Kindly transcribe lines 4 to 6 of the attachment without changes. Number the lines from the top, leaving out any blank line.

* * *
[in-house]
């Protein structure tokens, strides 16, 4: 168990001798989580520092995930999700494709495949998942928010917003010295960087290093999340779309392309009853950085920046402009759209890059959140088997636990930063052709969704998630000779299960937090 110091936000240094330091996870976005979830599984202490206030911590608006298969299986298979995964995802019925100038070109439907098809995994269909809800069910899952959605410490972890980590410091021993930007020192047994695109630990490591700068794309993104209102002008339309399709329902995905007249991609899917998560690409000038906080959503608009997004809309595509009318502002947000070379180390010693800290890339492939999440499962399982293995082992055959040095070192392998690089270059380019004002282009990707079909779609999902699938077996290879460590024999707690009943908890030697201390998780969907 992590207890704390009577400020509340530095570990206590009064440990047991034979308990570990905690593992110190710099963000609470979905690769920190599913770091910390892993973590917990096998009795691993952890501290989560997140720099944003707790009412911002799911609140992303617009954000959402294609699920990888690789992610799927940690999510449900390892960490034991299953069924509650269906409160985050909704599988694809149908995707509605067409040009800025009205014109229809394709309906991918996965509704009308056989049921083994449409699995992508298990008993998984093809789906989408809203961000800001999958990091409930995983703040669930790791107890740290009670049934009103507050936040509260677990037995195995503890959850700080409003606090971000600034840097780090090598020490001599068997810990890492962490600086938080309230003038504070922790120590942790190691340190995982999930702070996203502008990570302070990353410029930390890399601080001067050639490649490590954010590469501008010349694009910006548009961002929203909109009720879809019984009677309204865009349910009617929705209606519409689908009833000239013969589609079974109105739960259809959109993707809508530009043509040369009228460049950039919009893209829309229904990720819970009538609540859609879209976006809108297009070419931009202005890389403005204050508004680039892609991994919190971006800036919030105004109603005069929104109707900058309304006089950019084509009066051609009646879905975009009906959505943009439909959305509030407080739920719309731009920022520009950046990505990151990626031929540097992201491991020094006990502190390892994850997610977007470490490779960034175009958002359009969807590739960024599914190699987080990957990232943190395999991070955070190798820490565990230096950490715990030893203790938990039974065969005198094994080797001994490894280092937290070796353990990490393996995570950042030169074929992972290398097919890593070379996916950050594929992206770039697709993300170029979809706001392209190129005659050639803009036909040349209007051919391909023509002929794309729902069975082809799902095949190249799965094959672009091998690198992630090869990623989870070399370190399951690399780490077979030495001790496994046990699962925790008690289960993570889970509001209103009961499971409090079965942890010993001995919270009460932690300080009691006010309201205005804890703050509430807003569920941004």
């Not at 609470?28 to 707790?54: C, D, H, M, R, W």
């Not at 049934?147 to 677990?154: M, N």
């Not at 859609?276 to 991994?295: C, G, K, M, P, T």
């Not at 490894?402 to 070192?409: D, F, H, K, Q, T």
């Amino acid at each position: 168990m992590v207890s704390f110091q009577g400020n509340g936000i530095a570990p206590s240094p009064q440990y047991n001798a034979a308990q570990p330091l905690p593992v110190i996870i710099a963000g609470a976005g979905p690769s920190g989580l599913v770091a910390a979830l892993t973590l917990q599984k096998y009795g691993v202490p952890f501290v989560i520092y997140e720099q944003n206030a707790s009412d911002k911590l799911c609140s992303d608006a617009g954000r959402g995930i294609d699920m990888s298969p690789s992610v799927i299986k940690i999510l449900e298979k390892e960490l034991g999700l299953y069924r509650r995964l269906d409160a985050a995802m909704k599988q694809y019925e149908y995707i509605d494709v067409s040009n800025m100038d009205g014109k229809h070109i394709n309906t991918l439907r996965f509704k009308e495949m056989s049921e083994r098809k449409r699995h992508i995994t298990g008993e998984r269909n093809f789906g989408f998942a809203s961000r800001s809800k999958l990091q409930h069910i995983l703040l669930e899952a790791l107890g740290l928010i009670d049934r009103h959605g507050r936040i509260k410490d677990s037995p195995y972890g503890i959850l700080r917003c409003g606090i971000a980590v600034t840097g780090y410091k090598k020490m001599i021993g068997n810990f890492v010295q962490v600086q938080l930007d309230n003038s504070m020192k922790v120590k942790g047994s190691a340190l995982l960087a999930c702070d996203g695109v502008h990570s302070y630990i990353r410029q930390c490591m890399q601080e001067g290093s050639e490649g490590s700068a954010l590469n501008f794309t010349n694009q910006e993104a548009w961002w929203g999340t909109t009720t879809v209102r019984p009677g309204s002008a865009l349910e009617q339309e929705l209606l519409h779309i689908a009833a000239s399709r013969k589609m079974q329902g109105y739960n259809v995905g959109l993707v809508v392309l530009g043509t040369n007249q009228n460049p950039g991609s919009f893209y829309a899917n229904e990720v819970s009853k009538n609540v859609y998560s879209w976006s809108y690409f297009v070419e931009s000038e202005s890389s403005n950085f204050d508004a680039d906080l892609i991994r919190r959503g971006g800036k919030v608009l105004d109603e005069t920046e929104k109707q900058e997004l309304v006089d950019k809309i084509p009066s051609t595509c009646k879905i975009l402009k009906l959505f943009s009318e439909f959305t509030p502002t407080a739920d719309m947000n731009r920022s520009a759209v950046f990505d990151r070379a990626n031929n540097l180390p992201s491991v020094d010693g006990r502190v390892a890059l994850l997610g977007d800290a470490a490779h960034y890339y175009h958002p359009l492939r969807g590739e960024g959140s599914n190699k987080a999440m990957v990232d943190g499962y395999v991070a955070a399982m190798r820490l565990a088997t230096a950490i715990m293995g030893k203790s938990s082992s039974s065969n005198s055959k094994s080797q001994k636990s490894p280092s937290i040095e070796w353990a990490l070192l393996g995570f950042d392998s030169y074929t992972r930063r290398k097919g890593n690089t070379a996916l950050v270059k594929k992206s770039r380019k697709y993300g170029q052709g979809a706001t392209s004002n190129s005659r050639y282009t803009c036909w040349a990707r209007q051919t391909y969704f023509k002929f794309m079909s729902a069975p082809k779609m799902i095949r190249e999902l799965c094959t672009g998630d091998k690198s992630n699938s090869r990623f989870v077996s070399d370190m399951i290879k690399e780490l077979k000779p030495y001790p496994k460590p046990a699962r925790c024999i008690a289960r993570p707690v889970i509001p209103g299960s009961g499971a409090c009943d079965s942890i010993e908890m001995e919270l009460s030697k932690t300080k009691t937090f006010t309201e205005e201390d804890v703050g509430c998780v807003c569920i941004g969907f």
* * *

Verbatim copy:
């Not at 049934?147 to 677990?154: M, N």
């Not at 859609?276 to 991994?295: C, G, K, M, P, T």
């Not at 490894?402 to 070192?409: D, F, H, K, Q, T």